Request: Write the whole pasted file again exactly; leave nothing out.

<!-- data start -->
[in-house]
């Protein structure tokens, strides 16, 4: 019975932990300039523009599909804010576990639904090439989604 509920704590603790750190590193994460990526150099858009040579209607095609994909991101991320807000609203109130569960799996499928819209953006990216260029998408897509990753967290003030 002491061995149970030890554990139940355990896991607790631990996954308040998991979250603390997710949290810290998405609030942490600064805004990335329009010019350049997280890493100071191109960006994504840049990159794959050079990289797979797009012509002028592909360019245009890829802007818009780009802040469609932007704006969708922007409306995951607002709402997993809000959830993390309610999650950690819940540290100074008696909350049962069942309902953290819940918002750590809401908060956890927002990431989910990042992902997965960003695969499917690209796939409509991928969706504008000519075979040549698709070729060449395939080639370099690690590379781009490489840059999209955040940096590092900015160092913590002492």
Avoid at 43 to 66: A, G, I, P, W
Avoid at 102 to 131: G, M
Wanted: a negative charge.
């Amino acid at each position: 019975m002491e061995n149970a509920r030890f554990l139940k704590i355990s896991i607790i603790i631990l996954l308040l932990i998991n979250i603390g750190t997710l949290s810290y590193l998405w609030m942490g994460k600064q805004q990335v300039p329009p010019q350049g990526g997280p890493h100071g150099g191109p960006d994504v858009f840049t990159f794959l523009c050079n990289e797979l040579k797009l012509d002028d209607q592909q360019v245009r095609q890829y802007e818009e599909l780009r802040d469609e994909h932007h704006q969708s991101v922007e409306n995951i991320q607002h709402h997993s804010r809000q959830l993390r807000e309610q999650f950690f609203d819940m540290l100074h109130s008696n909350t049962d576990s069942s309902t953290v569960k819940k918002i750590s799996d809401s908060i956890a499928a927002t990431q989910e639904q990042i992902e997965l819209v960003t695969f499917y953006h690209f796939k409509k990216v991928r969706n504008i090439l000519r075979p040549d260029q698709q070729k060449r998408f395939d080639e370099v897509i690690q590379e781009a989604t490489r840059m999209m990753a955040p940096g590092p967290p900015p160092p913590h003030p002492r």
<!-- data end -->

[in-house]
């Protein structure tokens, strides 16, 4: 019975932990300039523009599909804010576990639904090439989604 509920704590603790750190590193994460990526150099858009040579209607095609994909991101991320807000609203109130569960799996499928819209953006990216260029998408897509990753967290003030 002491061995149970030890554990139940355990896991607790631990996954308040998991979250603390997710949290810290998405609030942490600064805004990335329009010019350049997280890493100071191109960006994504840049990159794959050079990289797979797009012509002028592909360019245009890829802007818009780009802040469609932007704006969708922007409306995951607002709402997993809000959830993390309610999650950690819940540290100074008696909350049962069942309902953290819940918002750590809401908060956890927002990431989910990042992902997965960003695969499917690209796939409509991928969706504008000519075979040549698709070729060449395939080639370099690690590379781009490489840059999209955040940096590092900015160092913590002492």
Avoid at 43 to 66: A, G, I, P, W
Avoid at 102 to 131: G, M
Wanted: a negative charge.
């Amino acid at each position: 019975m002491e061995n149970a509920r030890f554990l139940k704590i355990s896991i607790i603790i631990l996954l308040l932990i998991n979250i603390g750190t997710l949290s810290y590193l998405w609030m942490g994460k600064q805004q990335v300039p329009p010019q350049g990526g997280p890493h100071g150099g191109p960006d994504v858009f840049t990159f794959l523009c050079n990289e797979l040579k797009l012509d002028d209607q592909q360019v245009r095609q890829y802007e818009e599909l780009r802040d469609e994909h932007h704006q969708s991101v922007e409306n995951i991320q607002h709402h997993s804010r809000q959830l993390r807000e309610q999650f950690f609203d819940m540290l100074h109130s008696n909350t049962d576990s069942s309902t953290v569960k819940k918002i750590s799996d809401s908060i956890a499928a927002t990431q989910e639904q990042i992902e997965l819209v960003t695969f499917y953006h690209f796939k409509k990216v991928r969706n504008i090439l000519r075979p040549d260029q698709q070729k060449r998408f395939d080639e370099v897509i690690q590379e781009a989604t490489r840059m999209m990753a955040p940096g590092p967290p900015p160092p913590h003030p002492r």